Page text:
As the pandemic began tightening its grip on America, none of us could predict what was coming — or how much our daily lives and routines would be changing. So I had no way of knowing that my presentation of “Trout Fishing For Striped Bass” (here’s the SWE podcast) to the South Shore Fly Casters near the end of February would be my last live presentation of 2020. The evening was both a pleasure and a challenge. The group meets in a brewery (yay!) and the turnout was excellent; at the opposite end, I was battling a miserable sinus infection and thus was lathering on hand sanitizer and keeping social distance before I knew social distancing was going to be all the rage. Here’s the link to my report on the talk. It includes some striper Q&A, so give it a read.
Man, I miss going out and talking to groups live! We’re making do with Zooms, and I’m able to present to a wider geographic range of fly fishing clubs, but there’s nothing like a live audience. Hang in there. Once we get though this madness, we’ll all gather for a beer and some quality face-to-face fly fishing conversation.
When people ask me about my fishing job, I break it down into three parts: guiding/tying/teaching, writing, and presentations. I love all three, but I think my favorite is presenting. I get to teach fly fishing (I’m passionate about doing so, and I believe that’s reflected in my energy and delivery) and I get to meet people and talk about fly fishing face-to-face. That last bit may sound strange coming from an introvert. I feel blessed to have this site, and Zooms are then next best thing to being there, but no computer interface can replace a handshake (elbow bump these days) and a smile.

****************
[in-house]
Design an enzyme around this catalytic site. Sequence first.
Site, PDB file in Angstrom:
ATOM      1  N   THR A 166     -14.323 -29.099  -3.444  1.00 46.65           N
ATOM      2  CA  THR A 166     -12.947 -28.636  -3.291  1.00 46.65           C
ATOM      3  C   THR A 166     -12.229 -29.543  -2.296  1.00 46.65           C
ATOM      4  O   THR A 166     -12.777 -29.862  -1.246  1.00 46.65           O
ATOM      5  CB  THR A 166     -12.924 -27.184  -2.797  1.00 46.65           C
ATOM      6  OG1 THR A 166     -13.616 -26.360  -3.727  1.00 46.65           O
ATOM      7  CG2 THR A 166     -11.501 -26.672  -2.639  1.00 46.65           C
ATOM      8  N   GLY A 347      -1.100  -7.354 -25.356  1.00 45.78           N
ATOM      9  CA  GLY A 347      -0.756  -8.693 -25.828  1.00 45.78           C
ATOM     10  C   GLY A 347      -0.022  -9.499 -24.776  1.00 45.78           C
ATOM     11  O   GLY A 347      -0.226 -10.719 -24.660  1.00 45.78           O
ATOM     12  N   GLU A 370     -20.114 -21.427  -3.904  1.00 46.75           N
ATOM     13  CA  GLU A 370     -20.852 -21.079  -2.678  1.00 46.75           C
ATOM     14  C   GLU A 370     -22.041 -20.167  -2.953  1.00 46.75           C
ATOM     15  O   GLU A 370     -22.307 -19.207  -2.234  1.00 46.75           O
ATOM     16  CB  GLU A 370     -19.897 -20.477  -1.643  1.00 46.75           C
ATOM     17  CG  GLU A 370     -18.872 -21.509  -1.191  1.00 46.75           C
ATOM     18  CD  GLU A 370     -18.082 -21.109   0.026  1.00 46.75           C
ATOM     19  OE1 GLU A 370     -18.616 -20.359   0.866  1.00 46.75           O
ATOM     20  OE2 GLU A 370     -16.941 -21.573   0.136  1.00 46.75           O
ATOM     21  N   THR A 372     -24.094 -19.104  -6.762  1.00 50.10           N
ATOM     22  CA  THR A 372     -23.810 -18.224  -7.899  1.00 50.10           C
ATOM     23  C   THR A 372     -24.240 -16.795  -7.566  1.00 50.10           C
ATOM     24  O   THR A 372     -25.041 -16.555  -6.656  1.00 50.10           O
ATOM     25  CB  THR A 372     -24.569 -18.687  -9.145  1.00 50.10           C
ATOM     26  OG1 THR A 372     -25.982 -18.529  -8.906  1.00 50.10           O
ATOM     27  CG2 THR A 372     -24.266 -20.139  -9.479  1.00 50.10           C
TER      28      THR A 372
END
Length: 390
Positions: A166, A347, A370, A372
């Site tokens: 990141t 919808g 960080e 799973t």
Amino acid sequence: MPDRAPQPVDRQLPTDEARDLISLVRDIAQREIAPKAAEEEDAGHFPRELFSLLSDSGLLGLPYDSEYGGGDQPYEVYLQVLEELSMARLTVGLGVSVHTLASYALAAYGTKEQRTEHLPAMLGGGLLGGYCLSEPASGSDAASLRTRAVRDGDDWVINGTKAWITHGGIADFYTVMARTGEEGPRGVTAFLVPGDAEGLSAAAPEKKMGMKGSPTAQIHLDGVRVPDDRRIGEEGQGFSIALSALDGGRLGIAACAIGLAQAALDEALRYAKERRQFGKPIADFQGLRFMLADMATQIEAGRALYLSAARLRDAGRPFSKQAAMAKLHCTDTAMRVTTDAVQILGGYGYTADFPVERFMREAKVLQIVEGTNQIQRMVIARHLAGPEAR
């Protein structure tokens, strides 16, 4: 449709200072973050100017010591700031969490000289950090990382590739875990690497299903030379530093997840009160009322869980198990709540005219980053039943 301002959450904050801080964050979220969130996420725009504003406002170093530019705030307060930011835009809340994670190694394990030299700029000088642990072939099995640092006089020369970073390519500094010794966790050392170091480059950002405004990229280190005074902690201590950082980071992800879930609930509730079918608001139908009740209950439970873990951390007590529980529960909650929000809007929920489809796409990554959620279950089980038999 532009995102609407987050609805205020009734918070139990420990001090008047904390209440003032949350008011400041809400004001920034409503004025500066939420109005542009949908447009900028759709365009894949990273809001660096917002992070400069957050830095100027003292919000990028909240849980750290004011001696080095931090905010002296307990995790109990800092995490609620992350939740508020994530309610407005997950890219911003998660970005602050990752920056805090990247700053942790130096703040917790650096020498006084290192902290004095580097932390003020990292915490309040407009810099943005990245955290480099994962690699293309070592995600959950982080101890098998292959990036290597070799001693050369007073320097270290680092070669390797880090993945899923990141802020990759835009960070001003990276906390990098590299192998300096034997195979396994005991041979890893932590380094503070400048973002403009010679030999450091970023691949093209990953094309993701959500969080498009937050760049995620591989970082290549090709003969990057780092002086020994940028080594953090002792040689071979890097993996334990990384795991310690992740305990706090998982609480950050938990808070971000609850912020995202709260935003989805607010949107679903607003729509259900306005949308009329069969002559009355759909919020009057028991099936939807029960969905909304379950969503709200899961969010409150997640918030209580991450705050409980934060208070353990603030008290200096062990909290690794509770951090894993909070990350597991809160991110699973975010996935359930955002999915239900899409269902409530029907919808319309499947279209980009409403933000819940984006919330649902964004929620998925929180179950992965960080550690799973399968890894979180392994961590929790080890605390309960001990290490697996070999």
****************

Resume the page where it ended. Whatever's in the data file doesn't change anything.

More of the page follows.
At the time we had no way of knowing that the 2020 Marlborough and Edison Fly Fishing Shows would be the last for a while. (There’s talk about doing some parts of those shows remotely in 2021, but at this time I don’t have any information to share. If you want to re-live the 2020 shows, here are my 2020 Marlborough and 2020 Edison recaps.) I think I made the most of it, with big room seminars, Destination Theater presentations, and something new for me, a wet fly tying class. Thank you to everyone who came out to meet, greet, and listen. Thanks to my industry friends for your kindness and giving energy. I’m looking forward to resuming in 2022!